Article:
The other boy is glancing around nervously as he loops his headphone cord around his finger. “Wonder what the guy did…Mr. Coran didn’t want to say…”

The girl shrugs. “Remember last year…spray paint…senior prank…maybe like…”

Just then, someone smacks a hand down on his shoulder, and Keith yelps as he whirls back around to find himself face-to-face with Vincent, who shoves a broom into his chest.

“Smooth out the sand in the rover sandbox,” he snarls. “And if I catch you slacking again, you can be sure Mr. Coran is going to hear about it from me.”

 

Keith is told to eat lunch an hour early, so that during the actual lunch rush he can wipe down the tables and collect the garbage. Everything the food court is selling has Clever Space-Related Names, none of which inspire much confidence. “Do you have any salads, or,” Keith tries once he gets to the counter.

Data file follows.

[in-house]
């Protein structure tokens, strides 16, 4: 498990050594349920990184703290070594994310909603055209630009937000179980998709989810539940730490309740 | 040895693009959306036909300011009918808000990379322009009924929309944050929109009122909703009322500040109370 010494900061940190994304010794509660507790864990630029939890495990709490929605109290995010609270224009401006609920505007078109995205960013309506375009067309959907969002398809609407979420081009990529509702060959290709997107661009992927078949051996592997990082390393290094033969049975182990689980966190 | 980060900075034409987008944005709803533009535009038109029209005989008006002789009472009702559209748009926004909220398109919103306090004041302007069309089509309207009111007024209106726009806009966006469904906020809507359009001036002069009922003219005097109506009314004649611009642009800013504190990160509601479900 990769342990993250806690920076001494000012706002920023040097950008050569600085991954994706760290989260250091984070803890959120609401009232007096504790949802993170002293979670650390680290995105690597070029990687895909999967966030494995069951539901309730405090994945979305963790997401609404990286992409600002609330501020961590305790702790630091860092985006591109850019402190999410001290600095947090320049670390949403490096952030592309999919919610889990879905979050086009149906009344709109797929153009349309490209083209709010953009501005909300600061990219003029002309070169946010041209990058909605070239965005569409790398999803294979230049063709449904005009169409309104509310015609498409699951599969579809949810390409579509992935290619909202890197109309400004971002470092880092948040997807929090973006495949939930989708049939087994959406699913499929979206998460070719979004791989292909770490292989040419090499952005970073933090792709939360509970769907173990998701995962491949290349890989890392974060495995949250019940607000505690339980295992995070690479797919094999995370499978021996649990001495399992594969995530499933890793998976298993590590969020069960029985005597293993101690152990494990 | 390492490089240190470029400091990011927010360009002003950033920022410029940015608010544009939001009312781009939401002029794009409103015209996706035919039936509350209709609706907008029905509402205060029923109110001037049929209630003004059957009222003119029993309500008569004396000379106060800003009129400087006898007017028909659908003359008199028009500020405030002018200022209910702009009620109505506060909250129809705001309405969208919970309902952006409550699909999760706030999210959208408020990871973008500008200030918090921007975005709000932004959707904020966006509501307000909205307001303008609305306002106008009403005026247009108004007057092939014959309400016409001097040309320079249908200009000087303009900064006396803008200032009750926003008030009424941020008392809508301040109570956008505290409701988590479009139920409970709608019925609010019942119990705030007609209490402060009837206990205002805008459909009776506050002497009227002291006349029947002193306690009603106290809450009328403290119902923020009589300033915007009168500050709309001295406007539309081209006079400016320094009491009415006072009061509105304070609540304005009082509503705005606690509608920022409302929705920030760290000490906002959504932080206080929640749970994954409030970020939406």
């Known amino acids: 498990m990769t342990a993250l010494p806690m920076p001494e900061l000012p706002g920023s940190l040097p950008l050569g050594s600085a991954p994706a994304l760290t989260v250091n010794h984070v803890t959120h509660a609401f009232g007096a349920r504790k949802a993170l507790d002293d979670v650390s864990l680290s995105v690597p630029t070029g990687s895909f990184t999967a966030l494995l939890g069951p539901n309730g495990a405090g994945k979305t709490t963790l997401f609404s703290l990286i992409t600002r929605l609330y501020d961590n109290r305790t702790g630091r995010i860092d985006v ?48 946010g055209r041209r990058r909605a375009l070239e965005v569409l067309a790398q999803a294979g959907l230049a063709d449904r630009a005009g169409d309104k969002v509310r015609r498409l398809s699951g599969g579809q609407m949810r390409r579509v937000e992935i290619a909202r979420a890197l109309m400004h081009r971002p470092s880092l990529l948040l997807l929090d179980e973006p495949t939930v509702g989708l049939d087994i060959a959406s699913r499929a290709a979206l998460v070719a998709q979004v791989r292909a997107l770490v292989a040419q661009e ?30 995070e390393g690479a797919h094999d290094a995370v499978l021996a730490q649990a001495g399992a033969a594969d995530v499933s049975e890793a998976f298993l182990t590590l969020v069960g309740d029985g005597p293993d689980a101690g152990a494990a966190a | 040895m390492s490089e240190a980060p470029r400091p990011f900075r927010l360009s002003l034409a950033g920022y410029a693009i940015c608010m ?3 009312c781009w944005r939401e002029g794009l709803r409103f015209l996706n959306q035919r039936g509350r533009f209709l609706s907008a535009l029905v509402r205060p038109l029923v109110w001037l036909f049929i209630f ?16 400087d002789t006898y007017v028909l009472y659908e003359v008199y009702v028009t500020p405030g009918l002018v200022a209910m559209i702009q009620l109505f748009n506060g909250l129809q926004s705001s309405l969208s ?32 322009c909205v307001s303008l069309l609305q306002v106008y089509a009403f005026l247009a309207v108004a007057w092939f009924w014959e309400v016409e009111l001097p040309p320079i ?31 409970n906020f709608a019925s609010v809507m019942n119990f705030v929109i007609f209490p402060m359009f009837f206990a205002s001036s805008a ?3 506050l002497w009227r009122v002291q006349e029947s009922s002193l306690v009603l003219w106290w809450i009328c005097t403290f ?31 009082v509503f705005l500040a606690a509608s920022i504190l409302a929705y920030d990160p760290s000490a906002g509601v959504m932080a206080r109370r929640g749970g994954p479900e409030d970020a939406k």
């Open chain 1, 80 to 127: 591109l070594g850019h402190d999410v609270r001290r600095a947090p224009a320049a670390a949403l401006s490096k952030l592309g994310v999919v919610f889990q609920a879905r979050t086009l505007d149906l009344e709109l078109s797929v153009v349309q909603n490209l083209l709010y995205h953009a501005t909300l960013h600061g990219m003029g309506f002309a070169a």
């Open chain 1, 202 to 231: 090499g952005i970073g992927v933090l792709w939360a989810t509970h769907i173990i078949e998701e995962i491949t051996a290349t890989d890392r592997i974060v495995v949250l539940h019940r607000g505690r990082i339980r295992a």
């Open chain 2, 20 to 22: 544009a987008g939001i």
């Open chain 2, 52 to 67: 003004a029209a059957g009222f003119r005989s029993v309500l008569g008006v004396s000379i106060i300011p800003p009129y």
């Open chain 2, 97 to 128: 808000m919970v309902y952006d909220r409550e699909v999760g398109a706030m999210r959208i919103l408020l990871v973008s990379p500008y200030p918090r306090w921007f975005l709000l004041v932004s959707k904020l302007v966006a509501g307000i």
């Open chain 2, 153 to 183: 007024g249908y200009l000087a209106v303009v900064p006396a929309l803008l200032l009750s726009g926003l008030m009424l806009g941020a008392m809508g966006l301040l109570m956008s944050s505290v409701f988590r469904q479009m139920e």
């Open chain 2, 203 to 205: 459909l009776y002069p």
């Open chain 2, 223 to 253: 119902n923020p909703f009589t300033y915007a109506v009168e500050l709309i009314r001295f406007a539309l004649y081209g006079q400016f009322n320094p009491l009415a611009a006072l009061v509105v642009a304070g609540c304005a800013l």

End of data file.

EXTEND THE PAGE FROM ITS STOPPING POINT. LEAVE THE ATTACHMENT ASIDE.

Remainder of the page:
“Of course we do! Try our Stellar Salad,” the girl in the hairnet chirps, indicating a bowl of shredded vegetables pre-smothered in a goopy orange dressing. Keith sighs in defeat and picks the safest-looking thing on the menu instead, which has the misfortune of being labeled as the Apollo One-ton Noodle Soup—and, he soon finds, the even greater misfortune of tasting exactly like seawater.

He sits alone at a table near the door, nibbling gingerly at his wontons and looking around at the smiling cartoon murals of famous astronomers that cover the walls. The lunch crowd starts coming in a little sooner than expected, so Keith doesn’t get much time to eat, which in hindsight is probably a good thing. People are pigs, Keith thinks viciously, as he picks up trays sticky with gravy and ice cream. Whatever. He just has to suck it up for a little while longer, and then he can forget that any of this ever—

“Dude. You’re not segregating,” a voice says from somewhere above his head.